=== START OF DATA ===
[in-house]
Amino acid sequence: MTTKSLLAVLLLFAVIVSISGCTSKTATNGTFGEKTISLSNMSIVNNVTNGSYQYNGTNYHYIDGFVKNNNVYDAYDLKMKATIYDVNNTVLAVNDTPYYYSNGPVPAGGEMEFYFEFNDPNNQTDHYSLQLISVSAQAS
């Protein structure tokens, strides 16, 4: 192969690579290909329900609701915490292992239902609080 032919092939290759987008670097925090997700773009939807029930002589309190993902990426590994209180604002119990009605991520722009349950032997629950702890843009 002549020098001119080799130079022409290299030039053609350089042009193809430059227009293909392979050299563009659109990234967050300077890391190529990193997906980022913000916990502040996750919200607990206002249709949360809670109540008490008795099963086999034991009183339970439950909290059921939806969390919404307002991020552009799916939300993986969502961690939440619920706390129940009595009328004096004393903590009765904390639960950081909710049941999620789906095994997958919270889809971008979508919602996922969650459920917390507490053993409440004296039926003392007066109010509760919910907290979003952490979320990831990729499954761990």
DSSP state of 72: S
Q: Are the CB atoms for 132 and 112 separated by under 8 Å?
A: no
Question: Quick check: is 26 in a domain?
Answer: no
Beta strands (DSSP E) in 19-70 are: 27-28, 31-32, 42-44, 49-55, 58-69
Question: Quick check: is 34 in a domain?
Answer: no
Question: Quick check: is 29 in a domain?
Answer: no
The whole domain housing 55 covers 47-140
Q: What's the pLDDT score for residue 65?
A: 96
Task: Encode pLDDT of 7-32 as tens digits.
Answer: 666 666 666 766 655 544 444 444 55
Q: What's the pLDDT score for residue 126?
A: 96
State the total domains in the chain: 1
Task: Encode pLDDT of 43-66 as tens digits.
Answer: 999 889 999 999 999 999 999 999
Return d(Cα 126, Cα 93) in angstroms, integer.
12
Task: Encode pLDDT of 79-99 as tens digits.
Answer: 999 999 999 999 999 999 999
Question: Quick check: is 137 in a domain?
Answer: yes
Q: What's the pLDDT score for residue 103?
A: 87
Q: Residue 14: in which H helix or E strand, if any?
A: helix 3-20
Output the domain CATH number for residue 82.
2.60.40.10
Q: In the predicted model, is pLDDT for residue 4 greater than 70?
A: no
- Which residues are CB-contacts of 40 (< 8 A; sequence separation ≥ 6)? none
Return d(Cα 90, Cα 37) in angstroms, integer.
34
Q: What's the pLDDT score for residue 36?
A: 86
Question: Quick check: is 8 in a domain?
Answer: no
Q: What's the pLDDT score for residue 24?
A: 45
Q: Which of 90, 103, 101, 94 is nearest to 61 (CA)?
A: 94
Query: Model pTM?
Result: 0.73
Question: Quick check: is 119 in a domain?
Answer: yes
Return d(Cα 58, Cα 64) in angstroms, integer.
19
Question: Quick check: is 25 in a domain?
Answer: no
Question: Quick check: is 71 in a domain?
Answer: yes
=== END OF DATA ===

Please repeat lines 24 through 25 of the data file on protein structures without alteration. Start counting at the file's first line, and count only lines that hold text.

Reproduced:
Return d(Cα 126, Cα 93) in angstroms, integer.
12